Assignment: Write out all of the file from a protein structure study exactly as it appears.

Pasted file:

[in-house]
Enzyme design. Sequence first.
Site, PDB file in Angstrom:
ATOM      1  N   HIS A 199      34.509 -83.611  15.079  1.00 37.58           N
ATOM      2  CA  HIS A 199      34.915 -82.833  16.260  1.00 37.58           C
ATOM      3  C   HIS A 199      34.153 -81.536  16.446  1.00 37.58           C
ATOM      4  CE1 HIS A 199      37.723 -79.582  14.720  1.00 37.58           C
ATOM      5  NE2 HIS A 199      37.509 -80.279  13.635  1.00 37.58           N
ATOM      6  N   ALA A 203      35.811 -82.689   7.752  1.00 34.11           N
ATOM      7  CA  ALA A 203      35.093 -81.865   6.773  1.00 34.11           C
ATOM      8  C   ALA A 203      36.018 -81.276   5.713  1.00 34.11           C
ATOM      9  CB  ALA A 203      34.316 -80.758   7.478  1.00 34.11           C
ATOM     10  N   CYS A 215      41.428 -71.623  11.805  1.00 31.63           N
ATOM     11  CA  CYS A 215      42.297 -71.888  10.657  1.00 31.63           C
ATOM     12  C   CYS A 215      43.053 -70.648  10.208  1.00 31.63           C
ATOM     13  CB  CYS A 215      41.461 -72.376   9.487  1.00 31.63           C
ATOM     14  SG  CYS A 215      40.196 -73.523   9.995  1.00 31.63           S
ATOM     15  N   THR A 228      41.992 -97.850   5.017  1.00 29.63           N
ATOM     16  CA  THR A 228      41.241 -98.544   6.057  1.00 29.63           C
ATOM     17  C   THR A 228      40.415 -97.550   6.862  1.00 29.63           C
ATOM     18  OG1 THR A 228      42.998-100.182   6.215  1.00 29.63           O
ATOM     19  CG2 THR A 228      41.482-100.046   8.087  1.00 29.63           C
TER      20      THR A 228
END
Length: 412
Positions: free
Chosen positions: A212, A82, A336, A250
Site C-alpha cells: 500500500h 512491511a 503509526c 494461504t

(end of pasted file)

[in-house]
Enzyme design. Sequence first.
Site, PDB file in Angstrom:
ATOM      1  N   HIS A 199      34.509 -83.611  15.079  1.00 37.58           N
ATOM      2  CA  HIS A 199      34.915 -82.833  16.260  1.00 37.58           C
ATOM      3  C   HIS A 199      34.153 -81.536  16.446  1.00 37.58           C
ATOM      4  CE1 HIS A 199      37.723 -79.582  14.720  1.00 37.58           C
ATOM      5  NE2 HIS A 199      37.509 -80.279  13.635  1.00 37.58           N
ATOM      6  N   ALA A 203      35.811 -82.689   7.752  1.00 34.11           N
ATOM      7  CA  ALA A 203      35.093 -81.865   6.773  1.00 34.11           C
ATOM      8  C   ALA A 203      36.018 -81.276   5.713  1.00 34.11           C
ATOM      9  CB  ALA A 203      34.316 -80.758   7.478  1.00 34.11           C
ATOM     10  N   CYS A 215      41.428 -71.623  11.805  1.00 31.63           N
ATOM     11  CA  CYS A 215      42.297 -71.888  10.657  1.00 31.63           C
ATOM     12  C   CYS A 215      43.053 -70.648  10.208  1.00 31.63           C
ATOM     13  CB  CYS A 215      41.461 -72.376   9.487  1.00 31.63           C
ATOM     14  SG  CYS A 215      40.196 -73.523   9.995  1.00 31.63           S
ATOM     15  N   THR A 228      41.992 -97.850   5.017  1.00 29.63           N
ATOM     16  CA  THR A 228      41.241 -98.544   6.057  1.00 29.63           C
ATOM     17  C   THR A 228      40.415 -97.550   6.862  1.00 29.63           C
ATOM     18  OG1 THR A 228      42.998-100.182   6.215  1.00 29.63           O
ATOM     19  CG2 THR A 228      41.482-100.046   8.087  1.00 29.63           C
TER      20      THR A 228
END
Length: 412
Positions: free
Chosen positions: A212, A82, A336, A250
Site C-alpha cells: 500500500h 512491511a 503509526c 494461504t